Jordan: I knew there was something in him and I’m like, if we can get him in, we can get him to fit. So that’s really where that whole, kind of our style of, let’s find the right people and get them in here and then let’s make the work match around them, because we’ve got enough work, there’s plenty to do out there, where we can find the stuff that that person can do excellently and we can just leave him to his section.

Mike: So you found great raw material in this guy, you modified the position to fit him?

Jordan: I had to. To go sell it, I had to tweak it and say “Well, here’s the things I know he can do within the first six months and then we can grow some of this other stuff”. And it turned out he ended up not being a floor engineer because he had such good computer skills essentially that he really migrated over to design. Now he leads all of our design and all of our automation. So it’s pretty awesome.

Mike: That’s great. As he’s progressed or moved into new roles, have you continued to modify to make sure that someone doesn’t make him go do something that is not a preference?

Jordan: We want to do a little things out of preference every once in a while, you know? So there’s a little bit of that there. But yeah, we try to keep it on what he can really hit, what he can really nail with some stretching opportunities obviously.

Mike: Okay, so you articulated that you guys are growing, business is booming and you know, you’ve got sort of an intensity finding people. Because of this, “hey we’re a little bit off the beaten path in a place that’s more prone to develop vacation homes”, how do you go about finding these individuals when the skill sets aren’t there? How do you find the diamonds in the rough?

Jordan: I mean, you kind of have to bring them in and you have to really feel it out. One of the big things we look for is what really makes them tick. What are the things they look for in their day to day? What a thing that makes them excited? What do they do outside of work? I don’t need to know their … lots of people want to give you their work schedule and here’s the things I do every morning and the things I do in the afternoon, and that stuff isn’t as helpful. I need to know what you actually want to do, not what you’ve always done. Sometimes other places don’t have you in the right role, and that’s probably why you’re looking. So, if I can pick up, hey, I think that this person is actually looking for something where they can work with their hands more even though that’s not their necessarily what they’re going to say, but if I can pick out something like that, I know I can find a little bit of an edge there, where I think I can make this work. Then again, optimism, we want the optimist. That’s really what we’re looking for. We do things that are out of the box and you know, you’ve got to be pretty creative and you’ve got to kind of play on your feet.

Mike: Yeah, tell me about that. You mentioned also when we first met, you mentioned that optimism or lack thereof is a deal breaker for you or for your organization. How do you go about thinking about that?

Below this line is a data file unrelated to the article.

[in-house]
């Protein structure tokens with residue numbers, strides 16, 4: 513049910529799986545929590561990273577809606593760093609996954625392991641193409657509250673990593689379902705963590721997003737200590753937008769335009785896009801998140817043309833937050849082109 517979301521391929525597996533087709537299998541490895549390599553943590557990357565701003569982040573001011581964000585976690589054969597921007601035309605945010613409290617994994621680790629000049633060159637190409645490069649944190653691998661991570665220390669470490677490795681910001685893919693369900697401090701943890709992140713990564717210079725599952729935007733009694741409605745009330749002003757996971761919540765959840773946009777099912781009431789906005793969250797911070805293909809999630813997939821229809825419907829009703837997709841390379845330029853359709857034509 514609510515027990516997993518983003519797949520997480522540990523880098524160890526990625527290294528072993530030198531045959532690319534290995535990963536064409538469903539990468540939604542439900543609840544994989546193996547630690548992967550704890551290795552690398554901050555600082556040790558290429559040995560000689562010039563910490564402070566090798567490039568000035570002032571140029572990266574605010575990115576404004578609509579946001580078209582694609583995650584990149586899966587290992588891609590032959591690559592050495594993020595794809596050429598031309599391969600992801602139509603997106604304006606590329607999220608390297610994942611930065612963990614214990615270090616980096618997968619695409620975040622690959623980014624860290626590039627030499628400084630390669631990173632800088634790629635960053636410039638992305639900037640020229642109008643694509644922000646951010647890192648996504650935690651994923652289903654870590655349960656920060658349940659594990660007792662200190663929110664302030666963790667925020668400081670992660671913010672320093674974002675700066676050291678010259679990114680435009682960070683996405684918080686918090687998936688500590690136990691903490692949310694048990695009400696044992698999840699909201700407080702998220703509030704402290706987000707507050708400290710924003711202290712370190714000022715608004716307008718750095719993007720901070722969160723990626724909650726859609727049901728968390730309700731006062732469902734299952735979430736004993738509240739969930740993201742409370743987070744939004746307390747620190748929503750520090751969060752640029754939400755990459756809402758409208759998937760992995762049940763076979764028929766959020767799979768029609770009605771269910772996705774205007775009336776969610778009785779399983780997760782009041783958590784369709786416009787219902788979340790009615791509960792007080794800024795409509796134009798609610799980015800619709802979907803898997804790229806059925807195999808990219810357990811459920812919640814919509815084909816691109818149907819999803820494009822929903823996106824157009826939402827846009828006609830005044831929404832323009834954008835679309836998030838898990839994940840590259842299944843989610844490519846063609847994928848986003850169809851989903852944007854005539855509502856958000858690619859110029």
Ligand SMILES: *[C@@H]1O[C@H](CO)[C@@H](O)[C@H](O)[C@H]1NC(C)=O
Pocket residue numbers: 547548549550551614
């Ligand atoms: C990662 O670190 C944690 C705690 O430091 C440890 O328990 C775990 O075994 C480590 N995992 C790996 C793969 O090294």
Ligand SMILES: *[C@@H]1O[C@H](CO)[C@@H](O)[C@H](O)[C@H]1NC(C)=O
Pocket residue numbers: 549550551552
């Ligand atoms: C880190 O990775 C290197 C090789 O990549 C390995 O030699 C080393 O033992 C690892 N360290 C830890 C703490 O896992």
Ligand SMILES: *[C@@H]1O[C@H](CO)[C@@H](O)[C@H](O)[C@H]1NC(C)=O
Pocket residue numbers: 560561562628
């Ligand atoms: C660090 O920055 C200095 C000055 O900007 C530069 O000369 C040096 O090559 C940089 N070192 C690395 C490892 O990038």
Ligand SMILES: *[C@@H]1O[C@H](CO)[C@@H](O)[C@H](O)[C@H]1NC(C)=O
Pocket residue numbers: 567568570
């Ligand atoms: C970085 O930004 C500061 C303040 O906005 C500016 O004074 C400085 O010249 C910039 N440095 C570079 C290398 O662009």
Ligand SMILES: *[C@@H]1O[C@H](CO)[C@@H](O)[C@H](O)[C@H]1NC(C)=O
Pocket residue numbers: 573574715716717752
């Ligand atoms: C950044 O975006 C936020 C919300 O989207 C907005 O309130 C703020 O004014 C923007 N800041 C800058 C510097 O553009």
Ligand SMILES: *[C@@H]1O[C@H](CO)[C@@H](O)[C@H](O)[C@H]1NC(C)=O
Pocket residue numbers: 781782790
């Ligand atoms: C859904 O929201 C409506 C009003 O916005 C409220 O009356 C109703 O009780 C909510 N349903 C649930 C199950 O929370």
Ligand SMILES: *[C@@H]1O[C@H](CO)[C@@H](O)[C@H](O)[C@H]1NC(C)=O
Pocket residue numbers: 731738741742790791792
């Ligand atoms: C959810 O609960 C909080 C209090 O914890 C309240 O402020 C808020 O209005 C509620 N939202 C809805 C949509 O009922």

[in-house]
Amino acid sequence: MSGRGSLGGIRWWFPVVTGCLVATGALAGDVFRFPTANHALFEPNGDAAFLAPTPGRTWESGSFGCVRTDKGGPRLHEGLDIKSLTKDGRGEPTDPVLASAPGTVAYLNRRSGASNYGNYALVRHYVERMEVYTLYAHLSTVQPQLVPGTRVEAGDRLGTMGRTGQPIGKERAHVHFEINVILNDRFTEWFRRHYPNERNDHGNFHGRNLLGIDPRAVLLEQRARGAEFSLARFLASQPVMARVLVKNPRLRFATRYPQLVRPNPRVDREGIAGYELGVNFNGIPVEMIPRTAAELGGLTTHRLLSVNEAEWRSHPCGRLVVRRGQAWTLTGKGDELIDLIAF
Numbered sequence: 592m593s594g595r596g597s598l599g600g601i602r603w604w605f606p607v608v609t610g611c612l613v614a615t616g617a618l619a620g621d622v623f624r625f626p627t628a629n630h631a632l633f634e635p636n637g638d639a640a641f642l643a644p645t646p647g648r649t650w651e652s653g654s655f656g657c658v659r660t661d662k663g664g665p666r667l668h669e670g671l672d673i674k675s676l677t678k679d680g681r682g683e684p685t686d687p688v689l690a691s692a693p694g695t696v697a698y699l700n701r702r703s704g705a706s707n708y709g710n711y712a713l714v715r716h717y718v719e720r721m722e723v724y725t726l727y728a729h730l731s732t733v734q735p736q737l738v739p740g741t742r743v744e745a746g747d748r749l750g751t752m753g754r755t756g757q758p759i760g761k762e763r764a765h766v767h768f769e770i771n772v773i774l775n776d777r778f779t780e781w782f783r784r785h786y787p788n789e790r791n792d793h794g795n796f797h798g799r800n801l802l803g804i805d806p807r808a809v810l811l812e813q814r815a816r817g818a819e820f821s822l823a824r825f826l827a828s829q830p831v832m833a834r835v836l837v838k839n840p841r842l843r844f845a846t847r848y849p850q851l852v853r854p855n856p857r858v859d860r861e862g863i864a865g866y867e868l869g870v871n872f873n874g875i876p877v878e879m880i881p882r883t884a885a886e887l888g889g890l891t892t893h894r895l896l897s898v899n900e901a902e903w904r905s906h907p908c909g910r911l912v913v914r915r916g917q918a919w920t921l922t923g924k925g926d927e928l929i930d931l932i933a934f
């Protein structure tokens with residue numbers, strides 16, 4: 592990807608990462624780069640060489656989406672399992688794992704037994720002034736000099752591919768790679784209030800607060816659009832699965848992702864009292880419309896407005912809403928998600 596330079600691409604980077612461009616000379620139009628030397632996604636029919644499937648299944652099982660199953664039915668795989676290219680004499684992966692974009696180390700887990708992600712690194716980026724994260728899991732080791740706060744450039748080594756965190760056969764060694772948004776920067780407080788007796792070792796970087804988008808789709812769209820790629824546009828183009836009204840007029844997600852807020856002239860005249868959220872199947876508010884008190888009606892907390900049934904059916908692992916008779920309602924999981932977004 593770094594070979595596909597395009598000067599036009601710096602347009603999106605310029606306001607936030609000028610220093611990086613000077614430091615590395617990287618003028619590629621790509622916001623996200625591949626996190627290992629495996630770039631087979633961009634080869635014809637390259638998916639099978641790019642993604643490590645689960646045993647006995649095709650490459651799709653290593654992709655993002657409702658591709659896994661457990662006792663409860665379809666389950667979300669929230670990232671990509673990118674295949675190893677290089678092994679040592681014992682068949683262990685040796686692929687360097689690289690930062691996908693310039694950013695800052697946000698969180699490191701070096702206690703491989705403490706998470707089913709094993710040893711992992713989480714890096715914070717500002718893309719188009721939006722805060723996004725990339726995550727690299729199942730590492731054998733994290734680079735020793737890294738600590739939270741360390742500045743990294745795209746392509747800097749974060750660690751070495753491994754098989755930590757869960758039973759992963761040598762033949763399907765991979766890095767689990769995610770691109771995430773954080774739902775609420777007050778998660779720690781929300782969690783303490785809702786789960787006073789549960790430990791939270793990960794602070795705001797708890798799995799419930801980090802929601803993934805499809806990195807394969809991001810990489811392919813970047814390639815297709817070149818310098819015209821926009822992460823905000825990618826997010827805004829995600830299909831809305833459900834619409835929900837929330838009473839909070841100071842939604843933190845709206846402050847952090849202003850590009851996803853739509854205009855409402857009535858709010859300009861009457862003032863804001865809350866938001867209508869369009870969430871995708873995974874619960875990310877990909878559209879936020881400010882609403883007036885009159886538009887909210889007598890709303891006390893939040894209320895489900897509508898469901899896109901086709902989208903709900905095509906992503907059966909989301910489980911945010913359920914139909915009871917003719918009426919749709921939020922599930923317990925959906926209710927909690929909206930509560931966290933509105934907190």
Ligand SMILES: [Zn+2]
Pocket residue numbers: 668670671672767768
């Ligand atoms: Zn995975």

Jordan: So, I want people to internalize a lot of their own short comings. So that’s one of the things that we look for is, can you identify that this situation went bad in the past, you know, whatever your worst example is or something that you failed at, and are you capable of saying some of that is actually your burden to bear? I think that’s one of the keys. If you can look at that, you can really start to see … I think it’s growth mindset or something like that that they talk about sometimes.

Mike: Or self-awareness, also.

Jordan: All of that stuff, and then you can tell pretty quick when somebody’s got a negative viewpoint on almost everything. It comes out. You can’t hide it.

Mike: Do you have a couple of favorite questions you like to ask to sort of poke around self-awareness?

Jordan: Oh, yeah, yeah. I like the, “What would your mother say about you?” I kind of like that one because it throws people off a little bit and you can maybe get them to open up and say something. But the one I really use to pick up if they can identify in themselves, I ask how would you rate yourself overall, on a scale of 1-10 right now, so home life, job life, you know, hobbies, all lumped into one, how would you rate yourself right now? And almost everybody says seven or eight, you get some nines. I had a ten even, one time, but that’s a different case I guess. But once you can get them to say that, I’m not even interested in the answer. Now I want to come back and say in a year from now, if you came back to me, what would it take, what would you have to change, what would change in your life to be one step better? So if you said a seven, what would it take to be an eight? And if they can come back from something, you hear a lot “If I could get paid more, if I get a boss that respects my ideas”, you’re like, that’s not what’s really holding you back in your life. You have to come up with something.

Jordan: So I think you can get into what their world view is and what makes them tick a little bit with something like that. I’m sure there’s tons of variations.

Mike: So you’re sort of not letting them externalize or put it on someone else. You’re trying to get it to internalize that response?

Jordan: No, I’ll let them say whatever. So if they want to put it all on somebody else, I just know that that’s not somebody that’s ready to take that responsibility. So, probably something … if you don’t have the perfect skill set and you’re not willing to internalize some of your shortcomings, it’s not going to really work. We don’t want to try to force a square peg in a round hole.

Mike: That’s great. I love it. Do you have other questions you love to ask?